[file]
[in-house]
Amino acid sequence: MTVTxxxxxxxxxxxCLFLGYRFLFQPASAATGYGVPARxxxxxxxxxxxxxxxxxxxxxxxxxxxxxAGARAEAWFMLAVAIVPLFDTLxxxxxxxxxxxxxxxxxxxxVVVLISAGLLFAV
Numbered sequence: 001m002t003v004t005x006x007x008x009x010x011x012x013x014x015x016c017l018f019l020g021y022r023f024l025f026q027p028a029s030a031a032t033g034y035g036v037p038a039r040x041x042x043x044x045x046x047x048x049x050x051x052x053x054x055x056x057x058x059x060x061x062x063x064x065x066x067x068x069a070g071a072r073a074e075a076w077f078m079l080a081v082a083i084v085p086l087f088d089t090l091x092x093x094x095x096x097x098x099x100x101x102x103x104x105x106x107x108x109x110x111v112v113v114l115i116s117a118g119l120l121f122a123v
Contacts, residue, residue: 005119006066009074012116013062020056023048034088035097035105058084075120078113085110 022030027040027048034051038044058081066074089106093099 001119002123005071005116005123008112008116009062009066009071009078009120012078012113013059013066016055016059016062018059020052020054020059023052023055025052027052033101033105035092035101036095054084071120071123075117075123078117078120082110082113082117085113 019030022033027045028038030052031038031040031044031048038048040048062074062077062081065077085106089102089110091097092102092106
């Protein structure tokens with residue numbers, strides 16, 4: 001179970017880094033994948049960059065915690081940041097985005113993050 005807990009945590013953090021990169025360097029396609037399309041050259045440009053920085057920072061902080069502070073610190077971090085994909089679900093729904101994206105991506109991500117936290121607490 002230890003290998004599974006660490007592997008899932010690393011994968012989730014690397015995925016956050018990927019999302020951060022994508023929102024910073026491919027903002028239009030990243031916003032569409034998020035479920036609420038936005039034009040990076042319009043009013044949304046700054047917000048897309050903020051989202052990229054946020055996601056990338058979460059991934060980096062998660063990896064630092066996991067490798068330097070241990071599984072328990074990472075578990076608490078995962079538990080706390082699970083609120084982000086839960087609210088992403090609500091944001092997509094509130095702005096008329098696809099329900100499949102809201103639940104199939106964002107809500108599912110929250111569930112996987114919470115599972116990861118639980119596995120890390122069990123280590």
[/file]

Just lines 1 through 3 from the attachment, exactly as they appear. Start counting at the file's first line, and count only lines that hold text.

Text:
[in-house]
Amino acid sequence: MTVTxxxxxxxxxxxCLFLGYRFLFQPASAATGYGVPARxxxxxxxxxxxxxxxxxxxxxxxxxxxxxAGARAEAWFMLAVAIVPLFDTLxxxxxxxxxxxxxxxxxxxxVVVLISAGLLFAV
Numbered sequence: 001m002t003v004t005x006x007x008x009x010x011x012x013x014x015x016c017l018f019l020g021y022r023f024l025f026q027p028a029s030a031a032t033g034y035g036v037p038a039r040x041x042x043x044x045x046x047x048x049x050x051x052x053x054x055x056x057x058x059x060x061x062x063x064x065x066x067x068x069a070g071a072r073a074e075a076w077f078m079l080a081v082a083i084v085p086l087f088d089t090l091x092x093x094x095x096x097x098x099x100x101x102x103x104x105x106x107x108x109x110x111v112v113v114l115i116s117a118g119l120l121f122a123v